My Life in Presidential Terms with Erik Clarke

In this series, ELGL members reflect on how their life has changed from 2008 to 2016, and look forward to where they’ll be in 2024. ELGL members can sign up to share their experiences at My Life in Presidential Terms

By Erik Clarke – ELGL ProfileLinkedIn and Twitter

 In 2008, I was a high school sophomore concerned about high school concerns and figuring out myself and the world around me. I remember sitting with my biology teacher in a high school classroom watching then-Senator Barack Obama sworn in as our nation’s 44th president.

Through Barack Obama’s first term in office, I went from gangly, awkward high school kid to capable young adult and college student. My college experience, like the experiences of many others, was hugely impactful and helped shape the adult I would become.

Barack Obama’s second term has been a great growth experience, as well. During President Obama’s second term, I graduated from college, lived and worked in Washington DC, met my partner, began my post-college professional career, and earned a Master of Public Administration degree from the Ohio State University.

If I ran into my 2008-self and told him that he’ll have his life this much together in 2016, I wouldn’t believe myself.

While my “Obama years” were spent during a transitional period of life, I believe our country has also went through a transition of sorts. Eight years ago we were on the brink of a global recession. Our country was hit by a housing crisis, a banking crisis, the American automotive industry was near collapse, and we were suffering from a crisis of faith in our country. There is no doubt that the ship has been righted nearly eight years later. There is no doubt that the economic bleeding has stopped and the wound has been cauterized, but there is also little doubt that a lot of work is left to do to set sail in the right direction and continue to heal the economic wound that afflicted us.

WJFYCH5uQS2Azpyhtc6U_3rdhangoverWhether you agree with the president or disagree with his decision-making and policy goals, nobody can deny that this has been a transformational eight years. The economy is back on track, the affordable care act has impacted virtually every industry, America has taken up a leadership role on climate change, our relationship with Cuba has changed, marriage equality has become the law of the land, and our nation has confronted a litany of national challenges.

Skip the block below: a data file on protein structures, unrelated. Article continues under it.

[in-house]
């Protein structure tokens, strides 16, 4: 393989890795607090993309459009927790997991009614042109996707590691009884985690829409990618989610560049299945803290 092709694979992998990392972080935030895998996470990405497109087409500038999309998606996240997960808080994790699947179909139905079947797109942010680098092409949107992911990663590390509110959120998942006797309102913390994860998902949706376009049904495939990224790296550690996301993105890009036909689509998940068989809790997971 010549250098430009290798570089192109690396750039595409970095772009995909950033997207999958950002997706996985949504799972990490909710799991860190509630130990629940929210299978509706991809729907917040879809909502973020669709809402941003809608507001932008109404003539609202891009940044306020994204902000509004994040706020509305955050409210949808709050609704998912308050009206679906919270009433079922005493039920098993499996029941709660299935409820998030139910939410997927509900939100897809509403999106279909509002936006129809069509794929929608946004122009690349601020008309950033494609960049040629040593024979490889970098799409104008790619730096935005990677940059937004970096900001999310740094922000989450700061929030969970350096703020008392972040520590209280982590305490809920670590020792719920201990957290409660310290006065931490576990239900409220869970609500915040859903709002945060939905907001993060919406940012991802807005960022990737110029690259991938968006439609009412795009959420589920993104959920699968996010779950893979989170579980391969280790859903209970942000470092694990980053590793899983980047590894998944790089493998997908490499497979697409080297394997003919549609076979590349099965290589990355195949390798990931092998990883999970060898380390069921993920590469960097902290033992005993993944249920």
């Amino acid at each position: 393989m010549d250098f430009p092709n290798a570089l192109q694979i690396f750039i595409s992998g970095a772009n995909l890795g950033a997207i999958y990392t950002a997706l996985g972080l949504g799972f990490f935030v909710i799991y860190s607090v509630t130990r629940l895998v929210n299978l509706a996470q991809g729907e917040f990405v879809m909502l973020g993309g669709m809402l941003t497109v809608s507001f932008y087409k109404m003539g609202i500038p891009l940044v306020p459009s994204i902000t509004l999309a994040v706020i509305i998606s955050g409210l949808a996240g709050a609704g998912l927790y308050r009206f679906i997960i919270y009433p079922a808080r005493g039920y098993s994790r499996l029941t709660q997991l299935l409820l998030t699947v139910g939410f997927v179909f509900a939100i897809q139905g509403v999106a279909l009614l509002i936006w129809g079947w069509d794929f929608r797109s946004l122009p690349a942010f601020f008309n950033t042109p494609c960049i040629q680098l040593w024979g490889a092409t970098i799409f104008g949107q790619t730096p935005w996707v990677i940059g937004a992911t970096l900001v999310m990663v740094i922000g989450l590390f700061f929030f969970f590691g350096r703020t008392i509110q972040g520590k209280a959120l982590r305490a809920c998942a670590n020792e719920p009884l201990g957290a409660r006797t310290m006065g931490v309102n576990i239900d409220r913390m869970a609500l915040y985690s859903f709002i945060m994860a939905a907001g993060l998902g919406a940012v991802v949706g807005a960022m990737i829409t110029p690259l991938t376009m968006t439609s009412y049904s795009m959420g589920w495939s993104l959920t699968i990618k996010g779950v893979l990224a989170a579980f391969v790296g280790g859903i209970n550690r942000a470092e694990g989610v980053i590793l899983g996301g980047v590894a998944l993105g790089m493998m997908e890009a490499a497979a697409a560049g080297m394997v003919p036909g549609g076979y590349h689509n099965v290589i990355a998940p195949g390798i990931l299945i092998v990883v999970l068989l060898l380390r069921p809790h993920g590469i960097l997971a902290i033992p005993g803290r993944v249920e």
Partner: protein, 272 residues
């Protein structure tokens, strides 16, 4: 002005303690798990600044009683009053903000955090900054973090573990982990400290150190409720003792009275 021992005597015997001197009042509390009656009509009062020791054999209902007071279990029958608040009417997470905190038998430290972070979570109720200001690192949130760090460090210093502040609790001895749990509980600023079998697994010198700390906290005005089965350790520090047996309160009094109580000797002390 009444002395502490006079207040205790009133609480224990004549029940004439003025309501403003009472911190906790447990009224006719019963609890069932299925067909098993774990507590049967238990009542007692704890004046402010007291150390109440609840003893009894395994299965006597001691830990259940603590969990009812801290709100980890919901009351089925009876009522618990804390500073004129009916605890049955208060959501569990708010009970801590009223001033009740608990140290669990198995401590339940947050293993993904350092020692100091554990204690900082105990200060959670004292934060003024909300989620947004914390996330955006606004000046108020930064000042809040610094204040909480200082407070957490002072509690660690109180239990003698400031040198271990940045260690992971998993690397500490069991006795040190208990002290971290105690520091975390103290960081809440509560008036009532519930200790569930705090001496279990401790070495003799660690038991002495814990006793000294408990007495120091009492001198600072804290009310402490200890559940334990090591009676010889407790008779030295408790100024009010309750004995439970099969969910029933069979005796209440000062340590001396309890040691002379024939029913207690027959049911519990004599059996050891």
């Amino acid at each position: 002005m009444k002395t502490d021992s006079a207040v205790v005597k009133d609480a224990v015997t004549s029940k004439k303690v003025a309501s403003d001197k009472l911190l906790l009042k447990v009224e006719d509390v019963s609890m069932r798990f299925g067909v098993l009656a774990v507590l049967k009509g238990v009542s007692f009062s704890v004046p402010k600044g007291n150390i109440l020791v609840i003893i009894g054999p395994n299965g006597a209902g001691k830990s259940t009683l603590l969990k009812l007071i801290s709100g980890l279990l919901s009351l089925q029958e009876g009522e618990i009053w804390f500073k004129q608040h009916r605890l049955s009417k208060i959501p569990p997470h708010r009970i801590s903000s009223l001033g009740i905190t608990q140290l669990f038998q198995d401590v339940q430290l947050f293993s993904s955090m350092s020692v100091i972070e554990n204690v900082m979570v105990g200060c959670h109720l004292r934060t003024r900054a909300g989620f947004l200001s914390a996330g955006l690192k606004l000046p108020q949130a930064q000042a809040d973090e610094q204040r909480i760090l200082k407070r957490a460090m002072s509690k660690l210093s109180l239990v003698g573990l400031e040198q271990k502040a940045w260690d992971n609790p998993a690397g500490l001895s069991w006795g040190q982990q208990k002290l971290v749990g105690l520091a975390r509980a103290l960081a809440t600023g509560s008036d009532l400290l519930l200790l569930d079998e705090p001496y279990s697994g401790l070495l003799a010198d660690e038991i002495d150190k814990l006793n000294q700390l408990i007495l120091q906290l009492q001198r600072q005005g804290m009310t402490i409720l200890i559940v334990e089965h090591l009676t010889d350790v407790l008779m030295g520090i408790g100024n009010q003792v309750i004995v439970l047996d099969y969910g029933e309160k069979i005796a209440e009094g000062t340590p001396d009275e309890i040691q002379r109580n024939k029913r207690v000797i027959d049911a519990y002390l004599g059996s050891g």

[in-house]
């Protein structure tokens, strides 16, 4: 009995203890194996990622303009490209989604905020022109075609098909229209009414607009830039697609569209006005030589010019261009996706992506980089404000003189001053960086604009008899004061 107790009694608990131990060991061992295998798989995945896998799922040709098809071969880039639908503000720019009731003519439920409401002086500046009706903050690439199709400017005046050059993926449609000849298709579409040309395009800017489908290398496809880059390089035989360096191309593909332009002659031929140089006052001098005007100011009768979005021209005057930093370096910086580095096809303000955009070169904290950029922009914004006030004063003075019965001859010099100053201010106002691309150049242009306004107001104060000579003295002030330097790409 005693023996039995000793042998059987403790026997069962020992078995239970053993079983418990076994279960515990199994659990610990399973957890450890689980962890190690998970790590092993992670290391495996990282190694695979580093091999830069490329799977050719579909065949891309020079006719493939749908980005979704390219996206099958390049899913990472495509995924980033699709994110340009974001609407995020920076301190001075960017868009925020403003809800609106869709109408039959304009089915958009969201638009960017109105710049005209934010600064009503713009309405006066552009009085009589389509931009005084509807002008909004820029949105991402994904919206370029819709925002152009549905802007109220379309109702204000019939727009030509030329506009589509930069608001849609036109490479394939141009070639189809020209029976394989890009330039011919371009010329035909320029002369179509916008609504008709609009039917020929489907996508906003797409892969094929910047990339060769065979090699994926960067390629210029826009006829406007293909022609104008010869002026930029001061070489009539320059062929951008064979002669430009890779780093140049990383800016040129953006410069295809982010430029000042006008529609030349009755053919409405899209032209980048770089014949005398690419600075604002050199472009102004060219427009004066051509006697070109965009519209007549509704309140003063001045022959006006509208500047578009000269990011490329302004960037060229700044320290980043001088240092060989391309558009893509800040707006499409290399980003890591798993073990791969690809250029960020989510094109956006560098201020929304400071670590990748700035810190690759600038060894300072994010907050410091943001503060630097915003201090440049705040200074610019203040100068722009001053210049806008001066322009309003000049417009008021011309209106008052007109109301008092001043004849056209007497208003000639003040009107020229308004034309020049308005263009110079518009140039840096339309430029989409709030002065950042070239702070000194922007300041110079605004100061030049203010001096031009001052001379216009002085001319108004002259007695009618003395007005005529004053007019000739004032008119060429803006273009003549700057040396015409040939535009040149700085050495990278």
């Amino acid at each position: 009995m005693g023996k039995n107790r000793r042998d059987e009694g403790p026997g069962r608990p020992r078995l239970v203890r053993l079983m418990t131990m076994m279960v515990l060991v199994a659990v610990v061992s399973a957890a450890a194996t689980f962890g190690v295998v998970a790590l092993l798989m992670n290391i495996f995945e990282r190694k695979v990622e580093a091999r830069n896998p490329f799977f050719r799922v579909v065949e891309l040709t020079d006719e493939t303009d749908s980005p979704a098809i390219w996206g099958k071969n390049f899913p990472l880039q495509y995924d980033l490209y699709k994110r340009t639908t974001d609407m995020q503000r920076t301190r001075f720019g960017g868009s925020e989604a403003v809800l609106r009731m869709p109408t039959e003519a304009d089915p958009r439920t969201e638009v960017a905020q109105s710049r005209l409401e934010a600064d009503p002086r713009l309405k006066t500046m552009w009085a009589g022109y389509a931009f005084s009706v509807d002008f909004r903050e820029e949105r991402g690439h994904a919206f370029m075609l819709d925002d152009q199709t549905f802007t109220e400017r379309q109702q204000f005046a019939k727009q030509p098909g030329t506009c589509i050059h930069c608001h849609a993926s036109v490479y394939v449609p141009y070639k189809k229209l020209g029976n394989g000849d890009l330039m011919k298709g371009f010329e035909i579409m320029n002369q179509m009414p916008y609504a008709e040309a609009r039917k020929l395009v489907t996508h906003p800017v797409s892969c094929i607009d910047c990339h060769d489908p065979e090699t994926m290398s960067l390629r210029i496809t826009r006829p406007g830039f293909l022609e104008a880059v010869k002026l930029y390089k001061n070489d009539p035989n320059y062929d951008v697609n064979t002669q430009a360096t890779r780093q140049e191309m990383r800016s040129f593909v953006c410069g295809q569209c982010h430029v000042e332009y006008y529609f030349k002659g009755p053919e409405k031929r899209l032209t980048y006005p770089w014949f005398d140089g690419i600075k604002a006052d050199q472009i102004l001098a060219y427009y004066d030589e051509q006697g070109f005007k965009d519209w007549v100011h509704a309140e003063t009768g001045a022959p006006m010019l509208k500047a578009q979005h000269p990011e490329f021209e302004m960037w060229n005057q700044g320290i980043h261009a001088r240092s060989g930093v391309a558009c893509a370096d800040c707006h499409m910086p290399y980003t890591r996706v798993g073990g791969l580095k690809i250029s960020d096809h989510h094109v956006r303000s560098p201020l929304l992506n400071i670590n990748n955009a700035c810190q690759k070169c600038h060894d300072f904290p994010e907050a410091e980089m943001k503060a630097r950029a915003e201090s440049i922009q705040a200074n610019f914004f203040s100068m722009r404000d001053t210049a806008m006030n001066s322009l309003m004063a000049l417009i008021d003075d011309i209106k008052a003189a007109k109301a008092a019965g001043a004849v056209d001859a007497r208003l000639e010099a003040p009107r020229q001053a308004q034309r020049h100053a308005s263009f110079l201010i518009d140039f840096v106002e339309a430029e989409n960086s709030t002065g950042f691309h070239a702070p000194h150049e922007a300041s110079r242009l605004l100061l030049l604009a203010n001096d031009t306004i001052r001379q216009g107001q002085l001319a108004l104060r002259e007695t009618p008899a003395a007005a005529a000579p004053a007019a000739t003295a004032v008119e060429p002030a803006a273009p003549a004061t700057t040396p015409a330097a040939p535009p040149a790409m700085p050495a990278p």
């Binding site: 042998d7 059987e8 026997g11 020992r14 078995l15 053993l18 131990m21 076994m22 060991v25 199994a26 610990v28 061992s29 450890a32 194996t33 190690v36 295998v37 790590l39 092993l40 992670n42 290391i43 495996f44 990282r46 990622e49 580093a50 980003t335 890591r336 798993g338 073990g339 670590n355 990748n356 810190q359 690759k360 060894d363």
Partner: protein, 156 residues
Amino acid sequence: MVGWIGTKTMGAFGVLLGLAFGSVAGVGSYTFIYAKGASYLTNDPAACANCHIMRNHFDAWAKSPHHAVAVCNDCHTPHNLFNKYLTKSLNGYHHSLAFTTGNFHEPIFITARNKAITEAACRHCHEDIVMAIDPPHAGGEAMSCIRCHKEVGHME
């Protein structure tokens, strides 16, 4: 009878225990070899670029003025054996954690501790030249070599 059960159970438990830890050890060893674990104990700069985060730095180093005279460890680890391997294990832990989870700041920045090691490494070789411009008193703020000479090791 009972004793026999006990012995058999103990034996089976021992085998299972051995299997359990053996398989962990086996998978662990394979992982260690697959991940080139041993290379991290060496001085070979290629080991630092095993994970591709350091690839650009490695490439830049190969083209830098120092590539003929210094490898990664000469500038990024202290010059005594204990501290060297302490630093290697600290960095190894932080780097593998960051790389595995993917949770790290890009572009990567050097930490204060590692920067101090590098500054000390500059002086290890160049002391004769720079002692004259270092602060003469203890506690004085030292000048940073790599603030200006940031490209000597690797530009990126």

These past eight years have been a big deal for myself, personally, and our country. The next president will inherit a country on the rebound and their decisions will either help chart a path towards prosperity or turn back progress. Every four years, we hear the Republican nominee for president and the Democratic nominee for president boldly state that this is the most important election of our lifetime. This time, I may be inclined to agree. Either Hillary Clinton or Donald Trump, two people with differing viewpoints and demeanor, will lead our country for the next four to eight years.

And as I get older, I want to, increasingly, be a part of the conversations which help guide my community, my state, and our country onto a better, more reasonable, and more prosperous path forward. Only time will tell what is in store for me and what is in store for our country and the communities we serve.


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